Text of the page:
ISHPEMING — Tomorrow marks the 90th anniversary of one of the most catastrophic mining disasters in Michigan history.
And that tragedy was right here in Marquette County, just Northwest of Ishpeming.
“It was a trap that had been set unknowingly. Nobody knew it. If they did, obviously they wouldn’t have done it, but it was just a tragic series of events that led to what had happened,” said local historian Jim Paquette.
At 11:20am on November 3 of 1926, a scheduled blast went off from deep within the Barnes–Hecker Mine. An underground deposit of water was hit by the blast, releasing a mass of mud and debris, flooding the mine within ten minutes.
Fifty–one men lost their lives after being trapped underground.
Just one man, Rutherford Wills, escaped tragedy that day after he climbed 800 feet up a ladder to the surface in just 10 minutes. A handful of bodies were recovered, but the mine still remains a burial site for the other 41 men.
The affected families were severely devastated in the wake of the tragedy as many lost multiple loved ones.
Mary Tipppett is a descendant of two miners who died as well as Rutherford Wills, the only survivor. If things had timed out differently, the Tippett family could have lost 4 men in the accident.
“Many of the families were so distraught and so stressed by what happened, they just couldn’t talk about it and didn’t talk about it with their kids,” said Tippett. “My family was lucky because my grandmother talked about it. They took us to the lake that formed and we laid flowers there on Memorial Day.”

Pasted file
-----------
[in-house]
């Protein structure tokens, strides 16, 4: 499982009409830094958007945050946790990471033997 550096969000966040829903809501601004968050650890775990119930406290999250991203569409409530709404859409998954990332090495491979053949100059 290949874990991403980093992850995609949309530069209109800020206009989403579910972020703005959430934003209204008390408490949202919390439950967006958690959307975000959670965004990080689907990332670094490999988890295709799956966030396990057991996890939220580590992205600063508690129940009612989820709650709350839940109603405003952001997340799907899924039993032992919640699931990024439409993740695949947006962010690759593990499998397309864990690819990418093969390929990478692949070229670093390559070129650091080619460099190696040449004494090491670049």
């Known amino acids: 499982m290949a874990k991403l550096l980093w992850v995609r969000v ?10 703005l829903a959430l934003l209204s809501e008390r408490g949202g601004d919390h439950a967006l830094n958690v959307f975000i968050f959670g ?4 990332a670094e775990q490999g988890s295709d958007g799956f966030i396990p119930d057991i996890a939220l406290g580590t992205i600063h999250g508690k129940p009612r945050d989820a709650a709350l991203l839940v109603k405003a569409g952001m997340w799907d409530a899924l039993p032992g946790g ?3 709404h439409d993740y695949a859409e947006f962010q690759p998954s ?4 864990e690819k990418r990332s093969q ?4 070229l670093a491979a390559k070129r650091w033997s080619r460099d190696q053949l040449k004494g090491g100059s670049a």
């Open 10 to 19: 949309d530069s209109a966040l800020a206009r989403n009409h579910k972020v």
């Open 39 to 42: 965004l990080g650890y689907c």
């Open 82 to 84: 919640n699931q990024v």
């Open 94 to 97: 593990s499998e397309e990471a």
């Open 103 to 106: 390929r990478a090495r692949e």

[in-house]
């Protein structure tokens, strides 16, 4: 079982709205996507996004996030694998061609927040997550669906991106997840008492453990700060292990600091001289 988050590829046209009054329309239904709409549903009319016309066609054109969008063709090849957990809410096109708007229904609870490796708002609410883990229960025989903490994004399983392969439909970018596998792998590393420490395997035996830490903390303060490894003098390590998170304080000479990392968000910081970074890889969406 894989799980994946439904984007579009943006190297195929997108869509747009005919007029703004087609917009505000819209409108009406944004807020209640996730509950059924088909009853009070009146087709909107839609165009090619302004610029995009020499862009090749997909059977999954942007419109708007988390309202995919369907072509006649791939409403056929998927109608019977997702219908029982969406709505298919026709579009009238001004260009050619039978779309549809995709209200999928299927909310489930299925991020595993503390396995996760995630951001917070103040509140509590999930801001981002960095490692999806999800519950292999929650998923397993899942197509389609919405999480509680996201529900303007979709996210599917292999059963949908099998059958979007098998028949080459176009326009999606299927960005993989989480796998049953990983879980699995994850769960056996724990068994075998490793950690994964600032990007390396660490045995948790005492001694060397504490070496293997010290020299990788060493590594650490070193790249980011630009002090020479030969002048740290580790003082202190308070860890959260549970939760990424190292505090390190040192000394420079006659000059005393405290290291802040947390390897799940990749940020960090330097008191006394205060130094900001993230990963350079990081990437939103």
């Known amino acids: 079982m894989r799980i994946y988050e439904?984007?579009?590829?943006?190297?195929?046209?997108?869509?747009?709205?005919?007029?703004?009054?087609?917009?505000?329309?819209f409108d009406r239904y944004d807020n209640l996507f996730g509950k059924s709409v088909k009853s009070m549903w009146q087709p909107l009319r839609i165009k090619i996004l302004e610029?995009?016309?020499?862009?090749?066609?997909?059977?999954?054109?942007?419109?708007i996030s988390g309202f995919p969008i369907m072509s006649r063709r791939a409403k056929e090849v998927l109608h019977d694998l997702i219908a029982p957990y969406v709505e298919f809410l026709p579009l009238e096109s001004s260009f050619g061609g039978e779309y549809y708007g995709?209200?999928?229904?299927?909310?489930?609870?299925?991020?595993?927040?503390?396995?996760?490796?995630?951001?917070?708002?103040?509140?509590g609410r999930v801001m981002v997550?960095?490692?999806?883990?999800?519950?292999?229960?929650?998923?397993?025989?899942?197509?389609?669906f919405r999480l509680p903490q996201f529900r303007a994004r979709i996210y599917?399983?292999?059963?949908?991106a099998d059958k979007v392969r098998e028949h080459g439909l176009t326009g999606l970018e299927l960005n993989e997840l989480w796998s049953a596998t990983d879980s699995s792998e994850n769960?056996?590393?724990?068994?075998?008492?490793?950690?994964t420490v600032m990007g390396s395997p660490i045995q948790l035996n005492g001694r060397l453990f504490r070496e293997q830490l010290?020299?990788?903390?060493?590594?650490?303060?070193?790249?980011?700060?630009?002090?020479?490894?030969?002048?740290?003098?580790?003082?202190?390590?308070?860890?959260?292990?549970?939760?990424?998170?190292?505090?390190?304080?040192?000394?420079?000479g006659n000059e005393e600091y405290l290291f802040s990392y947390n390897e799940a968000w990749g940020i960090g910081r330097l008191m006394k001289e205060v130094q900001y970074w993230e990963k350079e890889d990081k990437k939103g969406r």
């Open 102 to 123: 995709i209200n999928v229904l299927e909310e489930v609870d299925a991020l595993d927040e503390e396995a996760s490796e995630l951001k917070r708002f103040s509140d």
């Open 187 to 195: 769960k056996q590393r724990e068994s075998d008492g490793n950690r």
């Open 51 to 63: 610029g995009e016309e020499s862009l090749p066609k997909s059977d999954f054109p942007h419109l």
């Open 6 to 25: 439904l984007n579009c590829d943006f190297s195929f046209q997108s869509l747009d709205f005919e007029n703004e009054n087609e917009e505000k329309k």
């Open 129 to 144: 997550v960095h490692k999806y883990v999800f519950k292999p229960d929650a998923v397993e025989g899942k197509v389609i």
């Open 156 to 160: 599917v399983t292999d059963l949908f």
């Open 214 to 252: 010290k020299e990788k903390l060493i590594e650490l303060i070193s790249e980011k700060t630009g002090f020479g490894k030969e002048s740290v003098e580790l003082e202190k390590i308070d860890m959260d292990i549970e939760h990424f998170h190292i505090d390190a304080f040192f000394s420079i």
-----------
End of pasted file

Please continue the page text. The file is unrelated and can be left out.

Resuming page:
Forty–two widows, four of which were pregnant, and 132 children under the age of 18 were left to mourn their loss.
“The suffering that the families felt from losing a loved one, they lost support, they lost companionship, the children lost daddy, and that’s really the tragedy in this whole thing,” said Paquette.
The tragedy lives on through the family trees of several Ishpeming and West Ishpeming families who have ties to the catastrophe.
Negaunee resident Ronald Perala lost his two great uncles in the tragedy five years before he was born. The Lampshire–descendant also worked in the conjoining Morris Mine.
“The Barnes–Hecker was hooked to the Morris Mine with a raise and that raise is where seven bodies got pushed down that raise and they found them in the Morris Mine on the sixth level,” Perala said. “They had to build a dam there to hold back the water, mud and whatever was coming from the Barnes–Hecker Mine.”
And in the mid–1950’s, Perala was one of the workers that helped fix that dam that had deteriorated in the decades since the tragedy.
“I walked into the old dam that was leaking and I put my hands up on the cement wall of the dam,” said Perala. “I was thinking, here I’ve got relations on the other side of that cement wall and I’m on this side building a new dam.”
November third would have been the last day in the mines for the Lampshire brothers who had completed their two weeks’ notice.
“It’s nice to be able to pass on history. And if you don’t do it, it gets lost,” Perala said.
Several events were planned by a group of local historians and descendants to not only commemorate the anniversary of the tragedy and other mining accidents, but to honor the fallen miners’ families as well as their descendants.
In part two, we will take a look at the efforts of the planning group and the community support that followed their endeavors as they gathered the puzzle pieces which brought them together.